Perhaps the most important lesson that can be learned from the past several weeks is that schools that have the resources to conduct extensive monitoring and testing of students will fare the best in the months ahead. 

For instance, Harvard University has said that the school will test on-campus students every three days. Yale plans to test on-campus students twice a week. 

These fast and regular tests will help the schools track and prevent the spread of infection, says Forman, but it’s not cheap. 

“At the current prices, these tests are very expensive. In the case of Harvard, you’re still talking about actual costs of testing that are at least $100 per student per week. And probably much more than that,” he explains, noting that the tests, processing and labor all add to the total. “Not to mention all the other things that you have to put in place to protect students and to create the environment where you can continue to learn and be safe and so on. These costs are very, very large.”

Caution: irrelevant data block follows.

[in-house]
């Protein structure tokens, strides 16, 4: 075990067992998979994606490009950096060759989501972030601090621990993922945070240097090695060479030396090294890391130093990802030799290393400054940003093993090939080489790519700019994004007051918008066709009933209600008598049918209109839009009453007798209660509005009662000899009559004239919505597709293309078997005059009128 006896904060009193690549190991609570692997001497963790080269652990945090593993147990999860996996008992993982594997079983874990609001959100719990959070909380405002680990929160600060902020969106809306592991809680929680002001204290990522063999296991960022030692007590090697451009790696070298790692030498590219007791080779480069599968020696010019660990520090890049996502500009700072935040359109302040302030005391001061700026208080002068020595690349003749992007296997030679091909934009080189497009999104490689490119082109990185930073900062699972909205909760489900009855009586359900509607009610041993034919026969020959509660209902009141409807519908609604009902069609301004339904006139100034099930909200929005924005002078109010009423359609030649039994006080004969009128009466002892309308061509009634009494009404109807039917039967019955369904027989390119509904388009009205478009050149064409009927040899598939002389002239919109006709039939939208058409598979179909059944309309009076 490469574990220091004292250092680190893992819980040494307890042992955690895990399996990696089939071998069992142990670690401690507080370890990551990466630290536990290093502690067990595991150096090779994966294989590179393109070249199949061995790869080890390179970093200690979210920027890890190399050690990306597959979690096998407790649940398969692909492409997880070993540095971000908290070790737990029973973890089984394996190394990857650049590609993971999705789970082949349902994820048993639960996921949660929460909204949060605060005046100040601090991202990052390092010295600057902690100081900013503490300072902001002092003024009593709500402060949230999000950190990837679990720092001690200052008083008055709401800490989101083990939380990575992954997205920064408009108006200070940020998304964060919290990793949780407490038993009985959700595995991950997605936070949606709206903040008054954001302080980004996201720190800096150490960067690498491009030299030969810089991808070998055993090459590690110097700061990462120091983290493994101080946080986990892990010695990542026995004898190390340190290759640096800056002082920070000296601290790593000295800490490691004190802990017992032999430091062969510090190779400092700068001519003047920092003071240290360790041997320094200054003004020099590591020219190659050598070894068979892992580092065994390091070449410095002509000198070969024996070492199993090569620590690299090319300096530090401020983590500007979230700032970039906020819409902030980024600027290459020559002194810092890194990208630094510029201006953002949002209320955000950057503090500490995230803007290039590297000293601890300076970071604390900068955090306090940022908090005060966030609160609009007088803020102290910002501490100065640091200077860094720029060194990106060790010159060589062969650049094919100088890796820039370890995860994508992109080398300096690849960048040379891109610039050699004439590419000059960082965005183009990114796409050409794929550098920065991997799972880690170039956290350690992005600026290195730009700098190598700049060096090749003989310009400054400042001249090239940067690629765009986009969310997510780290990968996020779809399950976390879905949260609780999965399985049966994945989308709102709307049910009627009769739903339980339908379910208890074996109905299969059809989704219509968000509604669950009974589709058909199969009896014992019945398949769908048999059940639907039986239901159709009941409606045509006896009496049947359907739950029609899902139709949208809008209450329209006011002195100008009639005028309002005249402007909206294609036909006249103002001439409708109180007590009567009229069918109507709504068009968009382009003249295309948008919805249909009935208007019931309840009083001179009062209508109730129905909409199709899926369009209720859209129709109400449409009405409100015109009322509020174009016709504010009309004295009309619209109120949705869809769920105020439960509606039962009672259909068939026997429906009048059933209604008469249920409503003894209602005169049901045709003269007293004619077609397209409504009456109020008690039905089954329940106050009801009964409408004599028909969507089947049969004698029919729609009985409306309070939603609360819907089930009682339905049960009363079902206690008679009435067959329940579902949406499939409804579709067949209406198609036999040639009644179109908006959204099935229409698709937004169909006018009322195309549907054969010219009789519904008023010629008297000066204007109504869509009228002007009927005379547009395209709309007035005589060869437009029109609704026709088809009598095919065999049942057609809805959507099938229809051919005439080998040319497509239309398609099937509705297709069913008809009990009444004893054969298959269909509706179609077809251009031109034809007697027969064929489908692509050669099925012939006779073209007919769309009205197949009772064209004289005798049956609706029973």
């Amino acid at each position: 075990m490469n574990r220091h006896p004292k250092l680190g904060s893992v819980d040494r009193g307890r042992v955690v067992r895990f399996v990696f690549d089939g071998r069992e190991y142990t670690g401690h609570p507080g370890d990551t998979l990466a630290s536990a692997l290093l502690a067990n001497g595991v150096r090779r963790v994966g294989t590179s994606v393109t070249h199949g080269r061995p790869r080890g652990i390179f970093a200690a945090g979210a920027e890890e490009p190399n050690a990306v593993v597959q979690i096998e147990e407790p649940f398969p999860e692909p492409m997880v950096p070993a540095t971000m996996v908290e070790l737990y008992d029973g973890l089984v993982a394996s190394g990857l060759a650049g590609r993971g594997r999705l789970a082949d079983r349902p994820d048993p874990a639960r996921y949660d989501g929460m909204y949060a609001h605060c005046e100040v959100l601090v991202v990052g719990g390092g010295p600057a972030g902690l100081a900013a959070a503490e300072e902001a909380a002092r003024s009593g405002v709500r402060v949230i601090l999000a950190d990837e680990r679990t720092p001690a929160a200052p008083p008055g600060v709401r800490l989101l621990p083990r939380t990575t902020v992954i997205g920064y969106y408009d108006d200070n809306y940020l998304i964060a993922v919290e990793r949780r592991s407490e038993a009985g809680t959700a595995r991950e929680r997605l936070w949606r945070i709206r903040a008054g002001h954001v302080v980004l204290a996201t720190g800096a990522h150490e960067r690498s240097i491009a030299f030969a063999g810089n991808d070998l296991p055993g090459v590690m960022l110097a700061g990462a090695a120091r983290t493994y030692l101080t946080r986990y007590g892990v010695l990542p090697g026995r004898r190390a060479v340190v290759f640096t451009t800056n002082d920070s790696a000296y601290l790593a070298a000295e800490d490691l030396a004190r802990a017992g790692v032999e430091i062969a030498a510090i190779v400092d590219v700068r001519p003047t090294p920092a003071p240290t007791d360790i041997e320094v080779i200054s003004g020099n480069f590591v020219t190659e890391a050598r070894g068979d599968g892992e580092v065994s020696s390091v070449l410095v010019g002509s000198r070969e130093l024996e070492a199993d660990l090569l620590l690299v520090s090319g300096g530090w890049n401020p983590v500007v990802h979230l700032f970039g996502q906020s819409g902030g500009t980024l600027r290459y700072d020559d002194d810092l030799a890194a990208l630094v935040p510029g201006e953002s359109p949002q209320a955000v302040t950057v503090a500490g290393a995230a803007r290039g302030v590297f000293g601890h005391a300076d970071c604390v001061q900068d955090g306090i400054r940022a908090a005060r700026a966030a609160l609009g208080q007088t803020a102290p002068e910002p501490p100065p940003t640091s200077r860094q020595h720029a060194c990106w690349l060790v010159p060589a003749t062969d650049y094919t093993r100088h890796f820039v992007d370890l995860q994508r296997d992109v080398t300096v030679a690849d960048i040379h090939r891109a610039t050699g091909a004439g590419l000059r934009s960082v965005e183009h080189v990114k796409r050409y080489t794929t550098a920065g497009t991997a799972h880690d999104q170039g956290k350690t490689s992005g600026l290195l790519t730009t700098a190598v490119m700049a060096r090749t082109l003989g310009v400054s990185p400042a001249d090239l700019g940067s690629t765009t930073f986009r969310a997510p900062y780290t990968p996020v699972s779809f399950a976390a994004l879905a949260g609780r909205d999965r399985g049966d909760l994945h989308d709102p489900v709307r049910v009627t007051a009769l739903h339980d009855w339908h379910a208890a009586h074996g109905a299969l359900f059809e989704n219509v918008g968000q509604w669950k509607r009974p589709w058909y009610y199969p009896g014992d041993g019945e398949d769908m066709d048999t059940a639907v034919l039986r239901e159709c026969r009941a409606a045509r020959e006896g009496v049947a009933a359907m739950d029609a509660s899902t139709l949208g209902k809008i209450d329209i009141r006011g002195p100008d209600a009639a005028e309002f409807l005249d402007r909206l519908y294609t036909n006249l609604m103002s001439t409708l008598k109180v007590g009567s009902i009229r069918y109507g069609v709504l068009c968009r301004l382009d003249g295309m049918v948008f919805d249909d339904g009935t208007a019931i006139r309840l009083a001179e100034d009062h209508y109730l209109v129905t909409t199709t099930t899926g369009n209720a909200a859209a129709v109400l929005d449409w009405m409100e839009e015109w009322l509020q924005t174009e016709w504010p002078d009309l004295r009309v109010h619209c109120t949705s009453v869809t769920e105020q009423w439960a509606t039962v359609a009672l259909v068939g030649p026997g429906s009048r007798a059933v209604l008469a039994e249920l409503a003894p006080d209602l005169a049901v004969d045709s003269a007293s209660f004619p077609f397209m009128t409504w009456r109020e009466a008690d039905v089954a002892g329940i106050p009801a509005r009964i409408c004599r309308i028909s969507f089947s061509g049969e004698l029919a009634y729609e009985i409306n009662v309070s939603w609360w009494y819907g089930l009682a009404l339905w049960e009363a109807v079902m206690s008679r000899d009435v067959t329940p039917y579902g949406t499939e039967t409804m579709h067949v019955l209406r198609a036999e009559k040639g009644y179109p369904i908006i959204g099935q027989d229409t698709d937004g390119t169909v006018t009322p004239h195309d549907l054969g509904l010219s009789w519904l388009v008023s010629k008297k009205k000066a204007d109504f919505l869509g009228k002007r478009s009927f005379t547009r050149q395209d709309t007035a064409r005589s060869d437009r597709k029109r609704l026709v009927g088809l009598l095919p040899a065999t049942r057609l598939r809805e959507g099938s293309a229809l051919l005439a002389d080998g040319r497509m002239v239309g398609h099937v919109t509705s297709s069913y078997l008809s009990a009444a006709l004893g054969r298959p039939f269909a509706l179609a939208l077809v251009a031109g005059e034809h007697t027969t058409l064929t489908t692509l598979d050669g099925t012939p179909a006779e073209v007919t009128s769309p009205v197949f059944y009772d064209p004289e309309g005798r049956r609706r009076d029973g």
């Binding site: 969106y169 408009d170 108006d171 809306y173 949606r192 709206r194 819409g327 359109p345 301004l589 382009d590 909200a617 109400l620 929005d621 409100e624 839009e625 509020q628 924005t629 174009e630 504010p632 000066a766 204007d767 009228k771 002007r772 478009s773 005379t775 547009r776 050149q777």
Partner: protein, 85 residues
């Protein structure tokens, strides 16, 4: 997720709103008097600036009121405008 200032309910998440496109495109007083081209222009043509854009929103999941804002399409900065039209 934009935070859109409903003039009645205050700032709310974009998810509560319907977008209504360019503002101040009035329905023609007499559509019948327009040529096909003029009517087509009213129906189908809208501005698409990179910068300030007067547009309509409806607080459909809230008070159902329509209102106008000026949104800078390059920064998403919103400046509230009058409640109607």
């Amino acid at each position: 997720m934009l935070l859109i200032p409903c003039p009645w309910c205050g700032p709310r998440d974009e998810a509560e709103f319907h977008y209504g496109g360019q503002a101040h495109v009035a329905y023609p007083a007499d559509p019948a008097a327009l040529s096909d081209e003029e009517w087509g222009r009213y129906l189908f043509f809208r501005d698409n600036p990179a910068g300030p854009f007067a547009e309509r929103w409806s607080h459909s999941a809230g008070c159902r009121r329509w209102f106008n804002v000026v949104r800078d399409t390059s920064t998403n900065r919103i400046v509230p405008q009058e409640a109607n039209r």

Without a robust and efficient public testing program, colleges without the significant financial means of schools such as Harvard and Yale will face serious difficulties, says Forman.

“Testing like that is completely unaffordable to most public institutions,” he says. “Institutions that have large endowments, and can afford to take a loss for one year or one semester, are able to absorb it. Institutions that are reliant on state funds, to a great degree in an environment where states are cash strapped, are just not able to do it.”

He continues, “and we’re in the worst of all worlds in that way.”